Having easily detected the sadness in the landscaper’s voice, the martial artist couldn’t bring herself to look at Rhian directly because she knew what she would see. She wanted desperately to turn back the clock to a time when seeing that look on this woman’s face would have caused her to kiss her lover softly and then hold her close. But that was before. Here and now, she could do nothing more than nod in assent.

Together, Lydia and Rhian managed to get the sweat pants and shirt on Deven. The biggest challenge had been getting the sleeve up over her immobilized hand and that had required the assistance of scissors. But by the time Kate returned with a list of instructions and prescriptions needed for Deven’s ongoing care, she was dressed for the first time in something other than a hospital gown since having had her clothes cut off in the ER.

Lydia commandeered a wheel chair and an attendant as big as linebacker. Deven wasn’t certain if his presence was to assist her into the car or to ensure her cooperation. If it was the later, Lydia needn’t have bothered. Nothing was going to interfere with getting out of that hospital.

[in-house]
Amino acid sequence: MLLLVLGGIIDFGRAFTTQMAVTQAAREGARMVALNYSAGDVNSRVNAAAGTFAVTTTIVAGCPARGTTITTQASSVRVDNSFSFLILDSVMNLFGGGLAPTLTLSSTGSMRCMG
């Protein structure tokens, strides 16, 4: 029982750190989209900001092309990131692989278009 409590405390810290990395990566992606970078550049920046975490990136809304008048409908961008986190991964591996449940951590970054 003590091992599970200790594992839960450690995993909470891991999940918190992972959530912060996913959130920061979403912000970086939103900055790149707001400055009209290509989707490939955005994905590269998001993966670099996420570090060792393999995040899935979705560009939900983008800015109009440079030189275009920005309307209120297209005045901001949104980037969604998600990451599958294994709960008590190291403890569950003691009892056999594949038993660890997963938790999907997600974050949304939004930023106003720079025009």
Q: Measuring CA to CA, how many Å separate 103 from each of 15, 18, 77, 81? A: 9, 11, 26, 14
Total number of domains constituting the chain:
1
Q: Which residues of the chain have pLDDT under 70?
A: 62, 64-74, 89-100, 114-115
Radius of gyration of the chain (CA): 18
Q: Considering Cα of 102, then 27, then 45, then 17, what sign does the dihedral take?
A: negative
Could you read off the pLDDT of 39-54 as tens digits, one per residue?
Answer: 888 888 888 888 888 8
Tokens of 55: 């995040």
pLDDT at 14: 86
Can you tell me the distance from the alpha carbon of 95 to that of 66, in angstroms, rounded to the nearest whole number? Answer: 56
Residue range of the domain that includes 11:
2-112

Once she was seated in the back seat of Kate’s car, Lydia leaned in. “I’m glad you’re going to be all right. Now give yourself some time to heal, okay? And if you remember anything, call Alex. He really wants to get those bastards.”

Deven lips quirked and she inclined her head in agreement.

“I’ll stop by and see you in a day or so.” Looking past the martial artist she spoke to Rhian. “Call me if you have any questions or need anything.”

“I will. Thanks, Lydia. For everything.”

“No problem,” she replied as she stepped back and closed the car door.

As Kate pulled away from the curb, Deven closed her eyes and drifted, knowing that when she opened them again, she’d be home. Awaking a short time later from a light doze, she blinked her eyes open and nearly panicked. They were nowhere near her residence. In fact, they were going in the opposite direction. Picking up the white board, she quickly wrote, GO HOME.

Rhian felt the insistent tapping on her shoulder and turned to see what Deven wanted. “We are going home. Well, sort of. You’ll see.”


“Deven, you can’t take care of yourself,” the landscaper reasoned. “And I can’t be there 24 hours a day. Mom used to be an RN so she knows what she’s doing and will be there when I can’t be.”

The martial artist’s head was beginning to throb again. Clearing the board with the heel of her hand, she wrote in large letters. NO!